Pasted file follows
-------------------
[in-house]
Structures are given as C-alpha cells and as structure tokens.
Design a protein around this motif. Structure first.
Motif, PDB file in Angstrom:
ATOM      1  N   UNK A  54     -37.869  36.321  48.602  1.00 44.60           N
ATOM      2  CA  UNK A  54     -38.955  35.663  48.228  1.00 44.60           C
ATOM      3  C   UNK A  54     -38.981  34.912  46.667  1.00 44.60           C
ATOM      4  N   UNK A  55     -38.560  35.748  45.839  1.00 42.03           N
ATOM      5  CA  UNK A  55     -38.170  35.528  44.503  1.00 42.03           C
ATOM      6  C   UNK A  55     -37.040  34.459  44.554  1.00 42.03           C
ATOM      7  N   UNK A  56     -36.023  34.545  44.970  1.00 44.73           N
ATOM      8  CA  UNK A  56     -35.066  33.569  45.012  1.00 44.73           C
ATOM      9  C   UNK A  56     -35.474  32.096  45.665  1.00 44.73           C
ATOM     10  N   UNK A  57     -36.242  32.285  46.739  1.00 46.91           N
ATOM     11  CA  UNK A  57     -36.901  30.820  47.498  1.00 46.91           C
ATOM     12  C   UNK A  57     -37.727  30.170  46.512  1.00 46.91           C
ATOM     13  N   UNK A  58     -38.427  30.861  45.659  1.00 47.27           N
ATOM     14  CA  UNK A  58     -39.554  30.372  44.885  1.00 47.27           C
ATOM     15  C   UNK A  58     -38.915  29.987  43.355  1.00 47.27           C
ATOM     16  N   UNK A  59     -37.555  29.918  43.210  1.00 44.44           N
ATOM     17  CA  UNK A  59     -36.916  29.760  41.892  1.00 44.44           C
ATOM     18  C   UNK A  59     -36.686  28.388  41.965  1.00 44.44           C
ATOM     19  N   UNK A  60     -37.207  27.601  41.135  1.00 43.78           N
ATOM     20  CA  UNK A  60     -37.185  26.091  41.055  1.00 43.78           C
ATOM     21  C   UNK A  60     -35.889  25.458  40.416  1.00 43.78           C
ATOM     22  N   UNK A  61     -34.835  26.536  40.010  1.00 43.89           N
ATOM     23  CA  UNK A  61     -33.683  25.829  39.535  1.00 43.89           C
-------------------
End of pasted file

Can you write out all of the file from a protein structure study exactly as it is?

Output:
[in-house]
Structures are given as C-alpha cells and as structure tokens.
Design a protein around this motif. Structure first.
Motif, PDB file in Angstrom:
ATOM      1  N   UNK A  54     -37.869  36.321  48.602  1.00 44.60           N
ATOM      2  CA  UNK A  54     -38.955  35.663  48.228  1.00 44.60           C
ATOM      3  C   UNK A  54     -38.981  34.912  46.667  1.00 44.60           C
ATOM      4  N   UNK A  55     -38.560  35.748  45.839  1.00 42.03           N
ATOM      5  CA  UNK A  55     -38.170  35.528  44.503  1.00 42.03           C
ATOM      6  C   UNK A  55     -37.040  34.459  44.554  1.00 42.03           C
ATOM      7  N   UNK A  56     -36.023  34.545  44.970  1.00 44.73           N
ATOM      8  CA  UNK A  56     -35.066  33.569  45.012  1.00 44.73           C
ATOM      9  C   UNK A  56     -35.474  32.096  45.665  1.00 44.73           C
ATOM     10  N   UNK A  57     -36.242  32.285  46.739  1.00 46.91           N
ATOM     11  CA  UNK A  57     -36.901  30.820  47.498  1.00 46.91           C
ATOM     12  C   UNK A  57     -37.727  30.170  46.512  1.00 46.91           C
ATOM     13  N   UNK A  58     -38.427  30.861  45.659  1.00 47.27           N
ATOM     14  CA  UNK A  58     -39.554  30.372  44.885  1.00 47.27           C
ATOM     15  C   UNK A  58     -38.915  29.987  43.355  1.00 47.27           C
ATOM     16  N   UNK A  59     -37.555  29.918  43.210  1.00 44.44           N
ATOM     17  CA  UNK A  59     -36.916  29.760  41.892  1.00 44.44           C
ATOM     18  C   UNK A  59     -36.686  28.388  41.965  1.00 44.44           C
ATOM     19  N   UNK A  60     -37.207  27.601  41.135  1.00 43.78           N
ATOM     20  CA  UNK A  60     -37.185  26.091  41.055  1.00 43.78           C
ATOM     21  C   UNK A  60     -35.889  25.458  40.416  1.00 43.78           C
ATOM     22  N   UNK A  61     -34.835  26.536  40.010  1.00 43.89           N
ATOM     23  CA  UNK A  61     -33.683  25.829  39.535  1.00 43.89           C